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Harper's Encyclopedia of United States History (ed. Benson Lossing) 1,788 0 Browse Search
Frederick H. Dyer, Compendium of the War of the Rebellion: Regimental Histories 514 0 Browse Search
Horace Greeley, The American Conflict: A History of the Great Rebellion in the United States of America, 1860-65: its Causes, Incidents, and Results: Intended to exhibit especially its moral and political phases with the drift and progress of American opinion respecting human slavery from 1776 to the close of the War for the Union. Volume I. 260 0 Browse Search
Rebellion Record: a Diary of American Events, Diary from December 17, 1860 - April 30, 1864 (ed. Frank Moore) 194 0 Browse Search
Benson J. Lossing, Pictorial Field Book of the Civil War. Volume 3. 168 0 Browse Search
Rebellion Record: a Diary of American Events: Documents and Narratives, Volume 7. (ed. Frank Moore) 166 0 Browse Search
George Bancroft, History of the United States from the Discovery of the American Continent, Vol. 4, 15th edition. 152 0 Browse Search
Horace Greeley, The American Conflict: A History of the Great Rebellion in the United States of America, 1860-65: its Causes, Incidents, and Results: Intended to exhibit especially its moral and political phases with the drift and progress of American opinion respecting human slavery from 1776 to the close of the War for the Union. Volume II. 150 0 Browse Search
Benson J. Lossing, Pictorial Field Book of the Civil War. Volume 1. 132 0 Browse Search
Thomas Wentworth Higginson, Massachusetts in the Army and Navy during the war of 1861-1865, vol. 2 122 0 Browse Search
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Browsing named entities in Rebellion Record: a Diary of American Events: Documents and Narratives, Volume 1. (ed. Frank Moore). You can also browse the collection for Pennsylvania (Pennsylvania, United States) or search for Pennsylvania (Pennsylvania, United States) in all documents.

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dependence of the Colonies in the following terms: Article 1. His Britannic Majesty acknowledges the said United States, viz.: New Hampshire, Massachusetts Bay, Rhode Island and Providence Plantations, Connecticut, New York, New Jersey, Pennsylvania, Delaware, Maryland, Virginia, North Carolina, South Carolina and Georgia, to be free, Soveireign, and Indiependent States; that lie treaty with them as such; and, for himself, his heirs and successors, relinquishes all claims to the governmenhe territory ceded by Virginia, which obligations, and the laws of the General Government, have ceased to effect the objects of the Constitution. The States of Maine, New Hampshire, Vermont, Massachusetts, Connecticut, Rhode Island, New York, Pennsylvania, Illinois, Indiana, Michigan, Wisconsin, and Iowa, have enacted laws which either nullify the acts of Congress, or render useless any attempt to execute them. In many of these States the fugitive is discharged from the service of labor claime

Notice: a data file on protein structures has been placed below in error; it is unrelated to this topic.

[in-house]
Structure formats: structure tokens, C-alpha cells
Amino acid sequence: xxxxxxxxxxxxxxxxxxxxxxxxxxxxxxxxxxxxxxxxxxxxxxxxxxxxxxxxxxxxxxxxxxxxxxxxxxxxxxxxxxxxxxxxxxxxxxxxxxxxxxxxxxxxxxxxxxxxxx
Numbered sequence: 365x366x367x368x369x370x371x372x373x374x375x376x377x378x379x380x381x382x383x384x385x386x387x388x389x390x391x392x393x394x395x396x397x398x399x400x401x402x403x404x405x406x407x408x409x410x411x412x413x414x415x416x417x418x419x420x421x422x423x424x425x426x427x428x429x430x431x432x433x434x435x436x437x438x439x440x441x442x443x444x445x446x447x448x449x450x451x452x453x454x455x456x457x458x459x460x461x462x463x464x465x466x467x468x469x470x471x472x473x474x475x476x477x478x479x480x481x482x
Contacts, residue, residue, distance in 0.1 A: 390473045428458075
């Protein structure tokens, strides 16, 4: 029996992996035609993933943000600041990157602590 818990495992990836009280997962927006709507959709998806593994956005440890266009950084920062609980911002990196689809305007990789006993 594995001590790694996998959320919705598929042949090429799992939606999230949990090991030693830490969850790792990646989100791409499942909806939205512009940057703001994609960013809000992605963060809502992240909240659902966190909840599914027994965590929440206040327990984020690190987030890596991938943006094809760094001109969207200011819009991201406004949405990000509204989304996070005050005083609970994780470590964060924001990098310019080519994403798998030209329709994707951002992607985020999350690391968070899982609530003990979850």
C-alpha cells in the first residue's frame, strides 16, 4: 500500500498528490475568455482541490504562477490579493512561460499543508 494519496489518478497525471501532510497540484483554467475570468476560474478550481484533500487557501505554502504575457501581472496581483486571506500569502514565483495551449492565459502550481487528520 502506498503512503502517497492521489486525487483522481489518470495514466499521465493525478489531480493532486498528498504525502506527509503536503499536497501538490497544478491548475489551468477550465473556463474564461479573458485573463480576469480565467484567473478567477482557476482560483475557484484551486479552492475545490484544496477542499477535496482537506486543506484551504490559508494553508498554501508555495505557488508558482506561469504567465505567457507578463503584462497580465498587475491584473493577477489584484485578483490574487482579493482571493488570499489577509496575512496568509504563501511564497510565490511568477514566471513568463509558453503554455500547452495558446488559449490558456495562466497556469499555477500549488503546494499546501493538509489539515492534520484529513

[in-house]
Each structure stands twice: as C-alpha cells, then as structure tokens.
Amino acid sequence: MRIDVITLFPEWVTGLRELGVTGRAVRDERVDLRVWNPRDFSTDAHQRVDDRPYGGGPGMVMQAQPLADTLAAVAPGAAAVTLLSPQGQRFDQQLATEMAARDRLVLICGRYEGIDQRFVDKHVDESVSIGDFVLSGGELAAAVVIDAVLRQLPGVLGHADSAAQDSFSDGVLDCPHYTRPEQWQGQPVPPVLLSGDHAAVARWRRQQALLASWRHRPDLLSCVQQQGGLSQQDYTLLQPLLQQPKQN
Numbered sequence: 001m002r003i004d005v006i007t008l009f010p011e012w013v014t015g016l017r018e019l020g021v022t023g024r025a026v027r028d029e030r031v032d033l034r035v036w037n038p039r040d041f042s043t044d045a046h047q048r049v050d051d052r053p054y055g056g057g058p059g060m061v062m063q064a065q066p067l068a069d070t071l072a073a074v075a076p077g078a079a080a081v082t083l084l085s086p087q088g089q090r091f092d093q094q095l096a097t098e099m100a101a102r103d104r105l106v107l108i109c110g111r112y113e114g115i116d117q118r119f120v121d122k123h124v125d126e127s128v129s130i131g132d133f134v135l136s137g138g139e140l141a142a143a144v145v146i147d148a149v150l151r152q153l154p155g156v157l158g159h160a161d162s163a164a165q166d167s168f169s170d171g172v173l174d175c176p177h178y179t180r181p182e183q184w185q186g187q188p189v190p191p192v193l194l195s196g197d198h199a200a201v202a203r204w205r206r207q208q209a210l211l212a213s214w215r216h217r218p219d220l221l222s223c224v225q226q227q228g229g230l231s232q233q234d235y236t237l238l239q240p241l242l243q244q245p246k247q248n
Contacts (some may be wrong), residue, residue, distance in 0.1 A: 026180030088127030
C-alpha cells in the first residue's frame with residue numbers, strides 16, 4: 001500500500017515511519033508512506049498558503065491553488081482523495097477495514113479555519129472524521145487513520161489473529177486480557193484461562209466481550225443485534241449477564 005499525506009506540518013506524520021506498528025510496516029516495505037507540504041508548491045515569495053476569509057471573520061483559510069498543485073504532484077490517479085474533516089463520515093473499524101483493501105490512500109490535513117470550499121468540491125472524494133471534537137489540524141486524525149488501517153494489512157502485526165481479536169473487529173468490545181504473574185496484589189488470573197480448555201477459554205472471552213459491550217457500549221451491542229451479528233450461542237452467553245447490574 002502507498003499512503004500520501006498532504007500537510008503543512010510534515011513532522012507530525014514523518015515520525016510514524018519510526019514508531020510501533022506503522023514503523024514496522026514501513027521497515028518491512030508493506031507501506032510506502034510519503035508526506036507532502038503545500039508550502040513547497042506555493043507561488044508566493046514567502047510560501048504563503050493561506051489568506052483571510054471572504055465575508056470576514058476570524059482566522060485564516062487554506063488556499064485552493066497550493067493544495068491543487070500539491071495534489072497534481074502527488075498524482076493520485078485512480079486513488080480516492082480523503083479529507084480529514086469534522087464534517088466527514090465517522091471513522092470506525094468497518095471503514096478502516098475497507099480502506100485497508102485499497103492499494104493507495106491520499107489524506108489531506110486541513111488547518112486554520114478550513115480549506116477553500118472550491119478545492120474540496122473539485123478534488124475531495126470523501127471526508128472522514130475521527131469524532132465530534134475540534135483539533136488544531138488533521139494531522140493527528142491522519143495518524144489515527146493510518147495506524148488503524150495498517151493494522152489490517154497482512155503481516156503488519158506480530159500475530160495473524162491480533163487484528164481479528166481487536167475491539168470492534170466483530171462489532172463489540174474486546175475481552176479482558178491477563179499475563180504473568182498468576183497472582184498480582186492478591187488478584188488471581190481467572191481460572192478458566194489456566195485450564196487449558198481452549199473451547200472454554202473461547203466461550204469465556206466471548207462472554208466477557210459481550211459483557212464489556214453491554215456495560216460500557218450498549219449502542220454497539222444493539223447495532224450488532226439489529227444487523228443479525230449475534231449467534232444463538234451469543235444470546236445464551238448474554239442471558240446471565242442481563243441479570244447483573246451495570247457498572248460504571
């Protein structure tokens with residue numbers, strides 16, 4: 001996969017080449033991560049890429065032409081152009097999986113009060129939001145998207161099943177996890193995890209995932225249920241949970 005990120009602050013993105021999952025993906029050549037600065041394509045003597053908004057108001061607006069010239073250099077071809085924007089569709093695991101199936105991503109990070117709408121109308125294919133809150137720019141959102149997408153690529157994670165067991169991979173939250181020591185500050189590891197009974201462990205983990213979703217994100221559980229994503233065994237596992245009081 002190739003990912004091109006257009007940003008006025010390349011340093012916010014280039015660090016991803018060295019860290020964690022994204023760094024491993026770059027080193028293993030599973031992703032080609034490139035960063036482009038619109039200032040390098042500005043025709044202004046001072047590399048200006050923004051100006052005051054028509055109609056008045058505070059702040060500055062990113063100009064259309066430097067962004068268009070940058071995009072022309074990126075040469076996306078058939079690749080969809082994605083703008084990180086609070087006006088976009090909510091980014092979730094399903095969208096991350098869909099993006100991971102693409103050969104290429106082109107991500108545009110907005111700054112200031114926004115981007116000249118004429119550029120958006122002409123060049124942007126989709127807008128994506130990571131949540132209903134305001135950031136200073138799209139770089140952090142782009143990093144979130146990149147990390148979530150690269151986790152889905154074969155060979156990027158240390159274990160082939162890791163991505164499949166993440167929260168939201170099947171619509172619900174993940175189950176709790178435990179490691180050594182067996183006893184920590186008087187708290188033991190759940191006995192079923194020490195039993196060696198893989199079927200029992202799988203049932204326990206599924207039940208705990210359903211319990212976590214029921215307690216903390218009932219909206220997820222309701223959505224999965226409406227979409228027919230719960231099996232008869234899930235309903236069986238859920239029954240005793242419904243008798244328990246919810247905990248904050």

d not anticipate the Express last Monday morning, by saying that I met Thurlow Weed in the cars. [Laughter.] A voice--What did he say? Mr. Seward--There the Yankee comes out at once. A gentleman asks me what hoe said. Now I am not a Yankee. There is no New England blood in me, and I do not answer impertinent questions. [Laughter.] I will not tell what he said to me. I will only tell what I said to him, and that was that I repudiated — all compromises whatsoever, which New York, Pennsylvania, and New England could not stand upon. I learned from him that he had been in Springfield, in the State of Illinois. I suppose you would all like to know what he told me he learned there. [Laughter, and shouts of Yes. ] I will give you the best satisfaction I can. He prints a newspaper called the Evening Journal. He is a man of truth, I believe ; and if he is, and wants to tell what he learned, you can get it in his newspaper. [Laughter.] But I have somehow got off from the direct cou
Rebellion Record: a Diary of American Events: Documents and Narratives, Volume 1. (ed. Frank Moore), Doc. 57.--a proclamation.-by the President of the United States. (search)
who is in years apparently over 45 or under 18, or who is not in physical strength and vigor. The quota for each State is as follows: Maine1 New Hampshire1 Vermont1 Massachusetts2 Rhode Island1 Connecticut1 New York17 New Jersey4 Pennsylvania16 Delaware1 Tennessee2 Maryland4 Virginia3 North Carolina2 Kentucky4 Arkansas1 Missouri4 Ohio13 Indiana6 Illinois6 Michigan1 Iowa1 Minnesota1 Wisconsin1 It is ordered that each regiment shall consist, on an aggregate of offceforth. The President has issued his proclamation calling out 75,000 men to put down the rebellion, and convening Congress on the Fourth of July. Gov. Morgan of this State, will at once call out a contingent of 25,000 men, and Gov. Curtin of Pennsylvania will do the same. New regiments are already forming rapidly, in anticipation of the proclamation. N. Y. Sun. It is now for the people of New England, especially, and of the great North-West, who have so earnestly demanded a vigorous pol
Rebellion Record: a Diary of American Events: Documents and Narratives, Volume 1. (ed. Frank Moore), Doc. 62.--Lieut. Jones' official report. (search)
Doc. 62.--Lieut. Jones' official report. Carlisle barracks, Pa., April 20, 1861. The Assistant Adjutant-General, Headquarters Army, Washington, D. C.: Sir: Immediately after finishing my despatch of the night of the 18th inst., I received positive and reliable information that 2,500 or 3,000 State troops would reach Harper's Ferry in two hours, from Winchester, and that the troops from Halltown, increased to 300, were advancing, and even at that time — a few minutes after 10 o'clock--within 20 minutes march of the Ferry. Under these circumstances, I decided the time had arrived to carry out my determination, as expressed in the despatch above referred to, and accordingly gave the order to apply the torch. In three minutes, or less, both of the Arsenal buildings, containing nearly 15,000 stand of arms, together with the carpenters' shop, which was at the upper end of a long and connected series of workshops of the Armory proper, were in a complete blaze. There is every r